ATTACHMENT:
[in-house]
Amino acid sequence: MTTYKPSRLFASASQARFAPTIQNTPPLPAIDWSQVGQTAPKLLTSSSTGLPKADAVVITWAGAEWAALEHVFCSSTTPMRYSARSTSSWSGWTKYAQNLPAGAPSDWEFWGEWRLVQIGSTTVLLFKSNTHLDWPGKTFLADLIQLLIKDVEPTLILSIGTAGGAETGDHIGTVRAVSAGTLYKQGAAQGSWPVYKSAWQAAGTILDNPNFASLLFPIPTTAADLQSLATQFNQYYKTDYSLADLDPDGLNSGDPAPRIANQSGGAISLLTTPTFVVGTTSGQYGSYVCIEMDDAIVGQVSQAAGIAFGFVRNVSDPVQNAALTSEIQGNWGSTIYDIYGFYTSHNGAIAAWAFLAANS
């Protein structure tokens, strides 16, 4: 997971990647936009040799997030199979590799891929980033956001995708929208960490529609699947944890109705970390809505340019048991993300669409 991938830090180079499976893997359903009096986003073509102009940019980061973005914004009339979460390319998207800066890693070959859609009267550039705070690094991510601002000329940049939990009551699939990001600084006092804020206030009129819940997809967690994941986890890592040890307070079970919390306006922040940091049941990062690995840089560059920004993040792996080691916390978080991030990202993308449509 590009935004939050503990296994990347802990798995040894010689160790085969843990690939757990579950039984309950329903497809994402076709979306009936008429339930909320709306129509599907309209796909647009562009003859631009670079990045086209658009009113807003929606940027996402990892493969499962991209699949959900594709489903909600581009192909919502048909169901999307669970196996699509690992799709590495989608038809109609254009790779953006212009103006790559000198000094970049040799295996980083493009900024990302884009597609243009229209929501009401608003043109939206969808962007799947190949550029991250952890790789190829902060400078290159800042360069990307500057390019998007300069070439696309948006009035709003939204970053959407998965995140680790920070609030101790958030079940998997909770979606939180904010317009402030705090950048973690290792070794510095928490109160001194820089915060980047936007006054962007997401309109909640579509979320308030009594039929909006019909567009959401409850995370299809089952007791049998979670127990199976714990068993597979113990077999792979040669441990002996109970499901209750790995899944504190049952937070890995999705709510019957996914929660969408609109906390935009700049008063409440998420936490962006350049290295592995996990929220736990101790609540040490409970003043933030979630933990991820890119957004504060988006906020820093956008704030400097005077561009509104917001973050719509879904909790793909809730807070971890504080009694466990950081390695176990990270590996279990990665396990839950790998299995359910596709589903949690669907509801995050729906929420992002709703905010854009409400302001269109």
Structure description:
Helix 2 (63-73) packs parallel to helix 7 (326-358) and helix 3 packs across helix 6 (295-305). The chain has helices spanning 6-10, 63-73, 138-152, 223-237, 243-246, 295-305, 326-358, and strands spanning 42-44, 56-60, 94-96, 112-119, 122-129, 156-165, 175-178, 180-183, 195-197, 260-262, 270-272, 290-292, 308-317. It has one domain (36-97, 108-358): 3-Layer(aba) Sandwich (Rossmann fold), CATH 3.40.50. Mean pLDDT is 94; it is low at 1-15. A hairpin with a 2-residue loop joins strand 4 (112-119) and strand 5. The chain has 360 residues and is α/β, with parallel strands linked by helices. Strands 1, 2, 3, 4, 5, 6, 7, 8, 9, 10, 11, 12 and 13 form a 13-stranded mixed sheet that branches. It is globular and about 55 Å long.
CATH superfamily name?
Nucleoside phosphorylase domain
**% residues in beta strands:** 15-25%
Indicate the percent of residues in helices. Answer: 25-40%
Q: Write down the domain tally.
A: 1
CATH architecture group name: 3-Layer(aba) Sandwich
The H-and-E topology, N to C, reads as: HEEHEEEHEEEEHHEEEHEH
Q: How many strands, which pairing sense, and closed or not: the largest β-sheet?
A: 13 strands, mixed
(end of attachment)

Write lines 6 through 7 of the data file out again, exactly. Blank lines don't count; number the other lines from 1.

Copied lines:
CATH superfamily name?
Nucleoside phosphorylase domain